I fully expect Kansas to try and match that size early. So long as Preston has found a way to make curfew, I think he’ll start at the four next to Azubuike, but I don’t think that will hold. Bill Self had so much success last season playing small – and has so many talented perimeter players on his roster – that he’ll dare Kentucky to come out and guard them.
YOUTH TAKES ON THE OLD GUYS
The Wildcats have used two different starting lineups in their two games this season, and both of those lineups featured all freshmen. The only non-freshman on their that is seeing minutes is Wenyen Gabriel, and he played 14 minutes per game last season. That, more than anything, is the reason they struggled to knock off Utah Valley, whom they trailed by 12 early in the second half, and Vermont, who had a shot to tie the game on with less than five seconds left in the game.
It’s a learning process for Kentucky.
We all know this by now.
And class will be in session on Tuesday night, as the Jayhawks’ best lineup features two seniors, a junior, a redshirt sophomore and a sophomore. Hell, Preston is even 20 years old already. Where I think this manifests itself is on the offensive end for Kentucky, where their lack of shooting and question marks at the point guard spot made things quite difficult in the opener on Friday.
SO LET’S TALK ABOUT THAT KENTUCKY DEFENSE
It was atrocious in the second half against Vermont. The Wildcats had no idea how to defend Vermont’s high-ball screens, and Trae Bell-Haynes – who is a very good player – sliced them up for the entirety of the second 20 minutes. If they can’t stop Bell-Haynes, what is Kentucky going to do against Devonte’ Graham and Malik Newman?
That said, Kentucky’s defense won their opener for them. They switched from man-to-man to a 2-3 zone, and suddenly the length and athleticism on the roster took over. They got some steals, they got some easy buckets in transition and suddenly they were awake, which is why …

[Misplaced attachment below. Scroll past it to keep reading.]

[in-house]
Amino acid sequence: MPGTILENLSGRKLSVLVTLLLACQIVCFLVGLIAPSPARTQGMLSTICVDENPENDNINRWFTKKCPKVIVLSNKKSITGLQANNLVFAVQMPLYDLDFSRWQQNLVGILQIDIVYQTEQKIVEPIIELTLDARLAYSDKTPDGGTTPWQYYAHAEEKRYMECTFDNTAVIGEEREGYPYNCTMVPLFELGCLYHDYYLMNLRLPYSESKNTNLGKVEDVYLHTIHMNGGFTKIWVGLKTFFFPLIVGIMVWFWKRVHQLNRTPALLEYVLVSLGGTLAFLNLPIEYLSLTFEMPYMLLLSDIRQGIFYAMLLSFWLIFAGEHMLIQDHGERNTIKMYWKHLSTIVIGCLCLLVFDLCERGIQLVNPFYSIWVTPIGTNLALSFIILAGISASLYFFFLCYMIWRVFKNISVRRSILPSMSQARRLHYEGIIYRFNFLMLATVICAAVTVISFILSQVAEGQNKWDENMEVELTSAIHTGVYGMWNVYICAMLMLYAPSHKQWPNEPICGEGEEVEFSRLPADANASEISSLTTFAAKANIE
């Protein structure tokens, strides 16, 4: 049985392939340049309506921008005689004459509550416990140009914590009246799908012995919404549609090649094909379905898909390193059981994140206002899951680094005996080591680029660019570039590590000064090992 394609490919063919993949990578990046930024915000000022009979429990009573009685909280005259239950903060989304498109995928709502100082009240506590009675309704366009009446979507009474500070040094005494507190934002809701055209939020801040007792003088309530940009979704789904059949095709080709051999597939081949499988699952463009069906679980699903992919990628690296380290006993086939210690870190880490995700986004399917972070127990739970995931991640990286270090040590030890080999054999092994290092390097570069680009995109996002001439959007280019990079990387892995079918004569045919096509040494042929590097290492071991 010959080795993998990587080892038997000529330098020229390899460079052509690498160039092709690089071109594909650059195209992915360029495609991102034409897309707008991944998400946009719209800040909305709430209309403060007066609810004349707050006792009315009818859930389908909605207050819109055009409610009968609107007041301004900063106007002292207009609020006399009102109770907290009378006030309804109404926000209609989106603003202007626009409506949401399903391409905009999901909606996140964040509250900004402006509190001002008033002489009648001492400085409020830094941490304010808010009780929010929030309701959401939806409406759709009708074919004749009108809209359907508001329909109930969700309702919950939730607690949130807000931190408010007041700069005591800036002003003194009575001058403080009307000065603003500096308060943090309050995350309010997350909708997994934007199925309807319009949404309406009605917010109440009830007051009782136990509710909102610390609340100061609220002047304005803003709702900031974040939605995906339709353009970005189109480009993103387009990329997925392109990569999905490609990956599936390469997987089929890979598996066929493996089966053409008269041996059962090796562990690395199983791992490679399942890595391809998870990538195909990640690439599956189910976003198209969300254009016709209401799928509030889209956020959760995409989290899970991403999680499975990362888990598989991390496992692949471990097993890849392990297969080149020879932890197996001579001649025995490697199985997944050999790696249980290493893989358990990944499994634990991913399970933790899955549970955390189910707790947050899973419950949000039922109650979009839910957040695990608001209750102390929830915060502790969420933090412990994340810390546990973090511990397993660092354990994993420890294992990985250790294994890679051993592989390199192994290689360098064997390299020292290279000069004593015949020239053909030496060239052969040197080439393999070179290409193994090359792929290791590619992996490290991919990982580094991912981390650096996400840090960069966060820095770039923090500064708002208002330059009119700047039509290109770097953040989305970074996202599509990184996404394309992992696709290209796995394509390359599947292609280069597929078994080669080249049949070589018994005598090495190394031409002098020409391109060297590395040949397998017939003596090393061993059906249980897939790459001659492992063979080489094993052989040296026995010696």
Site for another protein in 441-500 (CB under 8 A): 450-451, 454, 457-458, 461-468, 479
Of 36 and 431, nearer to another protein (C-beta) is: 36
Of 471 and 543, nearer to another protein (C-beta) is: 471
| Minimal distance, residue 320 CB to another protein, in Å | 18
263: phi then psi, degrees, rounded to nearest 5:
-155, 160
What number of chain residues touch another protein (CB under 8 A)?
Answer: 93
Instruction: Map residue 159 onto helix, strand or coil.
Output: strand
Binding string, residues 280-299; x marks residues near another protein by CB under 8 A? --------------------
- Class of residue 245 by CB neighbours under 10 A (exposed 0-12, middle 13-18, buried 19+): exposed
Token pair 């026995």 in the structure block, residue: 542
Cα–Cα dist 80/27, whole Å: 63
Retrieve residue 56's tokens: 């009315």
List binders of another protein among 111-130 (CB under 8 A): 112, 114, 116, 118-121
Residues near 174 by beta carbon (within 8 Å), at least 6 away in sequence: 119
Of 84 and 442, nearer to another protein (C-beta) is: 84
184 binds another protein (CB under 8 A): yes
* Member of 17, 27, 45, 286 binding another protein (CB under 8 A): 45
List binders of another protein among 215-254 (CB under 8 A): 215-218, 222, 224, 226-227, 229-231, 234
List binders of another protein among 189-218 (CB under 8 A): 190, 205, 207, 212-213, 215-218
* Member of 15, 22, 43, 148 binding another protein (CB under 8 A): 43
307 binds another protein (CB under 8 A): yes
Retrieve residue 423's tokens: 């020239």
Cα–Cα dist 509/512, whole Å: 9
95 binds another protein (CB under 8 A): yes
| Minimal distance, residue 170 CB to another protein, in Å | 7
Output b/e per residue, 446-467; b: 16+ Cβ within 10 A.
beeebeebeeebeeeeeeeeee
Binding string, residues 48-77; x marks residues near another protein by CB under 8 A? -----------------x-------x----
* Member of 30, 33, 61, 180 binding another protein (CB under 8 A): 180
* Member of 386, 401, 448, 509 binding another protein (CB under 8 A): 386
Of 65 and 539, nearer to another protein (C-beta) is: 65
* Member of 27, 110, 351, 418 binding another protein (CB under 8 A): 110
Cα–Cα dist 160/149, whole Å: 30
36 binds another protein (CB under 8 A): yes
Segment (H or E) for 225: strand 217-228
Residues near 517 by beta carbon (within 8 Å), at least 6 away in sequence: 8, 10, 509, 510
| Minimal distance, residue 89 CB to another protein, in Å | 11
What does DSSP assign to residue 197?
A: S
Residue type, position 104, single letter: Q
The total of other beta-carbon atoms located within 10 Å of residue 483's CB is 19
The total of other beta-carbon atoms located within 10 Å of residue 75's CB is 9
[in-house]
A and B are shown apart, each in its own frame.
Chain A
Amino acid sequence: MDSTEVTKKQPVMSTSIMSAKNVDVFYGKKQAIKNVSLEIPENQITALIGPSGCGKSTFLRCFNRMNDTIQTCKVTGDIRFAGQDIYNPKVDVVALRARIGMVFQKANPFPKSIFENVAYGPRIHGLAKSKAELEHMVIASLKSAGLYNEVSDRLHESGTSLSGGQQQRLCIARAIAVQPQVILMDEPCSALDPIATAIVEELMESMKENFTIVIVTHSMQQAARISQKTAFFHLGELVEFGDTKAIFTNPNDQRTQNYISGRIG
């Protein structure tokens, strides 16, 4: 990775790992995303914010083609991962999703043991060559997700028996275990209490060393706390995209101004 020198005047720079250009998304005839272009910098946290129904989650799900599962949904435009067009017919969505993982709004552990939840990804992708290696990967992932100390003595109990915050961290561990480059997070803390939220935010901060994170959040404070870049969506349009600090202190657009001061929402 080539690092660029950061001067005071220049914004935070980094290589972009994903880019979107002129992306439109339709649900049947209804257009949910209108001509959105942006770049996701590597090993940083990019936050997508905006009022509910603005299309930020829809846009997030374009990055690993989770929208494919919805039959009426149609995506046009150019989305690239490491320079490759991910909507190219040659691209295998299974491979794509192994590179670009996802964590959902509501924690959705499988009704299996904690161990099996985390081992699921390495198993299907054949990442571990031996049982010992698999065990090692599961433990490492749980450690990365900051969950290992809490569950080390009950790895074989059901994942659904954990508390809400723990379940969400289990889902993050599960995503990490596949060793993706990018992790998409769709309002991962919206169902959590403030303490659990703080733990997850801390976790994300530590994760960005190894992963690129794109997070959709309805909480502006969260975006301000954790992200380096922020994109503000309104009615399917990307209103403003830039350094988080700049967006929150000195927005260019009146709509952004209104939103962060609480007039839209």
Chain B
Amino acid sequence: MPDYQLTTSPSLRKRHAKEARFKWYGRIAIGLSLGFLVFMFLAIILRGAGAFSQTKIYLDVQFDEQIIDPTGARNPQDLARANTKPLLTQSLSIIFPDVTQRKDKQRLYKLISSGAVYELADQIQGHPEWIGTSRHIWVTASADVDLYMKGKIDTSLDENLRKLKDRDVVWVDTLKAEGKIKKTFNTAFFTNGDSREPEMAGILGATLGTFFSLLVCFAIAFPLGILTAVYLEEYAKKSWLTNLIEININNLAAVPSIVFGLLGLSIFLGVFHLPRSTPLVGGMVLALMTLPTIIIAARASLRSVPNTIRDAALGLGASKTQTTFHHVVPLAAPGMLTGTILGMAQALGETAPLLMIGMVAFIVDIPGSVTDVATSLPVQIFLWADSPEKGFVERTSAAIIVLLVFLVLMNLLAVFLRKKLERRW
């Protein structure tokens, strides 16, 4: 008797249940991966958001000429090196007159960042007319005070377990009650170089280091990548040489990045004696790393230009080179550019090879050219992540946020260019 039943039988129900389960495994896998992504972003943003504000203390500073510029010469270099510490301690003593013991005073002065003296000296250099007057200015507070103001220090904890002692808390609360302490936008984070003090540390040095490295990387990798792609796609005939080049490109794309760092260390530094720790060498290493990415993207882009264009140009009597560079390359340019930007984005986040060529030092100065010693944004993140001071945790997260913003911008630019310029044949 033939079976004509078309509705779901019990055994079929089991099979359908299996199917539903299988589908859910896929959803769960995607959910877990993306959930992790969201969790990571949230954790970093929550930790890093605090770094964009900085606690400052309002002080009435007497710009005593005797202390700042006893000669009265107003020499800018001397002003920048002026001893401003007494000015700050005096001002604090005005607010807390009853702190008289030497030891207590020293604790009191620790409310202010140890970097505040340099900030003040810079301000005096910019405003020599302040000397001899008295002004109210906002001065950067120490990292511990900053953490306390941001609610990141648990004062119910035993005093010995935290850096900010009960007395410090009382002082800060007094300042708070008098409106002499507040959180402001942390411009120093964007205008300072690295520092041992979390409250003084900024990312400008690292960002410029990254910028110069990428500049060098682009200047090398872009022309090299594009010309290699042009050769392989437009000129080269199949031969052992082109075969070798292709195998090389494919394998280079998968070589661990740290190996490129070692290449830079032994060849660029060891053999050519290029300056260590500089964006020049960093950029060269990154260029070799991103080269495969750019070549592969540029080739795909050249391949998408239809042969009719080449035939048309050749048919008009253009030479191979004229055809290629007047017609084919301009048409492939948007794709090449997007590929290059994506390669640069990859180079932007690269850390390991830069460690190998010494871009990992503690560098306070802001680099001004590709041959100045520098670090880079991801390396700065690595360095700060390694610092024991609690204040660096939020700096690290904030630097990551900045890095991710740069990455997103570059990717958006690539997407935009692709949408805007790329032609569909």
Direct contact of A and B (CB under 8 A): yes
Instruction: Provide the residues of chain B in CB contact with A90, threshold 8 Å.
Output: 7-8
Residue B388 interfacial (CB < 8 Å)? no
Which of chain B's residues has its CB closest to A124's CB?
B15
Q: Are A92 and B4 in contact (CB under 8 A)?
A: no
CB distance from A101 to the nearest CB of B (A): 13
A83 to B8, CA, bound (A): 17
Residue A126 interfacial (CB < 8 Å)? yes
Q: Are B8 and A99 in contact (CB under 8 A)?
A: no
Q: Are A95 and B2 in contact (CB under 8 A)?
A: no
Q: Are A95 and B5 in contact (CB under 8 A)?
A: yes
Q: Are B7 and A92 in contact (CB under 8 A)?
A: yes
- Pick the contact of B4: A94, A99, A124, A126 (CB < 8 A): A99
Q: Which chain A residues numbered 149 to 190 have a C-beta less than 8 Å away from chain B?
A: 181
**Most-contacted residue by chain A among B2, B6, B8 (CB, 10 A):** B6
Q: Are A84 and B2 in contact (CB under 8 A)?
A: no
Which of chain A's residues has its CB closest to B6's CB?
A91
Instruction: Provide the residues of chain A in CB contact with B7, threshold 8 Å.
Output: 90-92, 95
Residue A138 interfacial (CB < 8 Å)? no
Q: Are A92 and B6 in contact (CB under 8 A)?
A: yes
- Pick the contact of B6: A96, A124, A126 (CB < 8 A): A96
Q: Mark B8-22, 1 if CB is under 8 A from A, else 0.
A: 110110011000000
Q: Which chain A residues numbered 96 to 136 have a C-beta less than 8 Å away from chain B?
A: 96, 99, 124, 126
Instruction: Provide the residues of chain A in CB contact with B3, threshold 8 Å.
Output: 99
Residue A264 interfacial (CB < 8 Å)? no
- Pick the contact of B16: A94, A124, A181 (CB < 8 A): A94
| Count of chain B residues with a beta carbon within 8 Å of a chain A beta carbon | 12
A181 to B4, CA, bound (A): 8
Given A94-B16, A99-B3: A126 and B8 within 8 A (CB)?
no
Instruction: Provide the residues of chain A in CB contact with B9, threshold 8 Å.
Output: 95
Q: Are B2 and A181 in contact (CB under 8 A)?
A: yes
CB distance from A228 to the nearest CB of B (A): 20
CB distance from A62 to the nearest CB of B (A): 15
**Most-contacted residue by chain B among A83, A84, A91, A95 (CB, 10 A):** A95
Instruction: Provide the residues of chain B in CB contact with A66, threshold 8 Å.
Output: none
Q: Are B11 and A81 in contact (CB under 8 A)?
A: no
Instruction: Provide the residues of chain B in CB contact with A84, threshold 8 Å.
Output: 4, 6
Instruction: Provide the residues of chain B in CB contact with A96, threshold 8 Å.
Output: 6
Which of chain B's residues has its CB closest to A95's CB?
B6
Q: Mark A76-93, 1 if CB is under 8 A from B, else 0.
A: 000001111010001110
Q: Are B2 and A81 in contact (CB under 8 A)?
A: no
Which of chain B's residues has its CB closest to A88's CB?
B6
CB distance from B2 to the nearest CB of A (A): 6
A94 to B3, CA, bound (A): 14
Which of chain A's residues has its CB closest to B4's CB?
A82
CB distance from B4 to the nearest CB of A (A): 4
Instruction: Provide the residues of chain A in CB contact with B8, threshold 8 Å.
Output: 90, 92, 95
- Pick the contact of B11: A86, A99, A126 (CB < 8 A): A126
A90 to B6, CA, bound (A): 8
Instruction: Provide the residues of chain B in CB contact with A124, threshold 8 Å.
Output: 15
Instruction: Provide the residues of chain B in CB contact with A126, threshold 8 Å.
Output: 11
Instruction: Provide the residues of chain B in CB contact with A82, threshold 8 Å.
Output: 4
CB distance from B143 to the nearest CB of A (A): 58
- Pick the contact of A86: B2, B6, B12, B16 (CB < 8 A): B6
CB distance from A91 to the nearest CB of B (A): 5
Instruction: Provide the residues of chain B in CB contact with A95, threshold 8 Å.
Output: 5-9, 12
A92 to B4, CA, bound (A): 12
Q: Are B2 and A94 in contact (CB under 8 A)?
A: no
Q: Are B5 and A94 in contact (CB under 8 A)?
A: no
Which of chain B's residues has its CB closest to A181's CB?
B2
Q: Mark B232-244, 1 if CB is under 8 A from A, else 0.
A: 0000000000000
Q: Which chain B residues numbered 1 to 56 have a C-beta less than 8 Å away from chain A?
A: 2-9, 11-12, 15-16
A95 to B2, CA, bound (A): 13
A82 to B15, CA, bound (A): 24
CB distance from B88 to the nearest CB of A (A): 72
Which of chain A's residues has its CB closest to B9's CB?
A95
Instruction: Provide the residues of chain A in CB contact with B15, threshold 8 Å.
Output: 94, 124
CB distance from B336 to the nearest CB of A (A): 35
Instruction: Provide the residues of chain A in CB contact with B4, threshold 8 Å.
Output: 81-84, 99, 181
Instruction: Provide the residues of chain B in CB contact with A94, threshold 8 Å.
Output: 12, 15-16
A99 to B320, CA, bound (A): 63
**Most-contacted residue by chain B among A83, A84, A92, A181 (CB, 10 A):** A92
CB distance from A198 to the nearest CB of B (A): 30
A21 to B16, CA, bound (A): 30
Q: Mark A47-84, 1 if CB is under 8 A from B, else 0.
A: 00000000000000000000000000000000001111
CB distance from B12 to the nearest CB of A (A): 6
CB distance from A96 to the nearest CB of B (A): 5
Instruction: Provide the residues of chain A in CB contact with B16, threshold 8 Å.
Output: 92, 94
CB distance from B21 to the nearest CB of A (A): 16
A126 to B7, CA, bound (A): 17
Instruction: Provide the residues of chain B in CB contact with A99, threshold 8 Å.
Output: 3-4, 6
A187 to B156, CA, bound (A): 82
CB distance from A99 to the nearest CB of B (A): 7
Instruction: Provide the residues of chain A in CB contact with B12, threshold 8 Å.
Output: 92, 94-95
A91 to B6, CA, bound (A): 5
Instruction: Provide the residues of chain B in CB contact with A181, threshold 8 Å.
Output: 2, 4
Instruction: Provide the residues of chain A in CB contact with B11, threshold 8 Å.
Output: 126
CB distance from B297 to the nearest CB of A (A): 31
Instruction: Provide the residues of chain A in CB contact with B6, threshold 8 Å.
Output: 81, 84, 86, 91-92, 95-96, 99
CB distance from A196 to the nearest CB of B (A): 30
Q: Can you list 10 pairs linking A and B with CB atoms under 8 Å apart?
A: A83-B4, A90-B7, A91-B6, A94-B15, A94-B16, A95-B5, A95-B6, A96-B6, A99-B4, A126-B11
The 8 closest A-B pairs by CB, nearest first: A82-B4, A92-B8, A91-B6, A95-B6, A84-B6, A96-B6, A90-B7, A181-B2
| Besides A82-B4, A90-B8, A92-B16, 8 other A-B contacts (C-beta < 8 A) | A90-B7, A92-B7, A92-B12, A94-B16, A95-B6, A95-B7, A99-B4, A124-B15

… I think that zone will be the determining factor on Tuesday night. The idea that you can’t zone a three-point shooting team is a fallacy; in fact, if you play the 2-3 zone the right way and move quick enough, it’s sometimes easier to keep opponents from getting clean looks at a three, especially with the length Kentucky has. Kansas has three-point shooters and a roster that makes sense playing small-ball. Kentucky is enormous, and having success playing a 2-3 zone mitigates some of the quickness advantage Kansas has on the perimeter.
If the Wildcats don’t suffer defensively, when they have, say, P.J. Washington at the four while Svi Mykhailiuk is his counterpart, then that means that Kansas will have Svi guarding Washington in the post. The entire state of Kansas shuddered in fear at that last sentence.
PREDICTION: I think that this ends up being a wake-up call for the Wildcats, not that they really need it after the way their season started. I don’t think this will be as bad as the beating that Kentucky put on Kansas in 2015, the year that Cliff Alexander was a Jayhawk and the Wildcats started the season 38-0, but I don’t think that Kentucky will be in it down the stretch.
Kansas covers the points – it opened at (-2) and has since moved to (-4.5) in some places – whatever they end up being.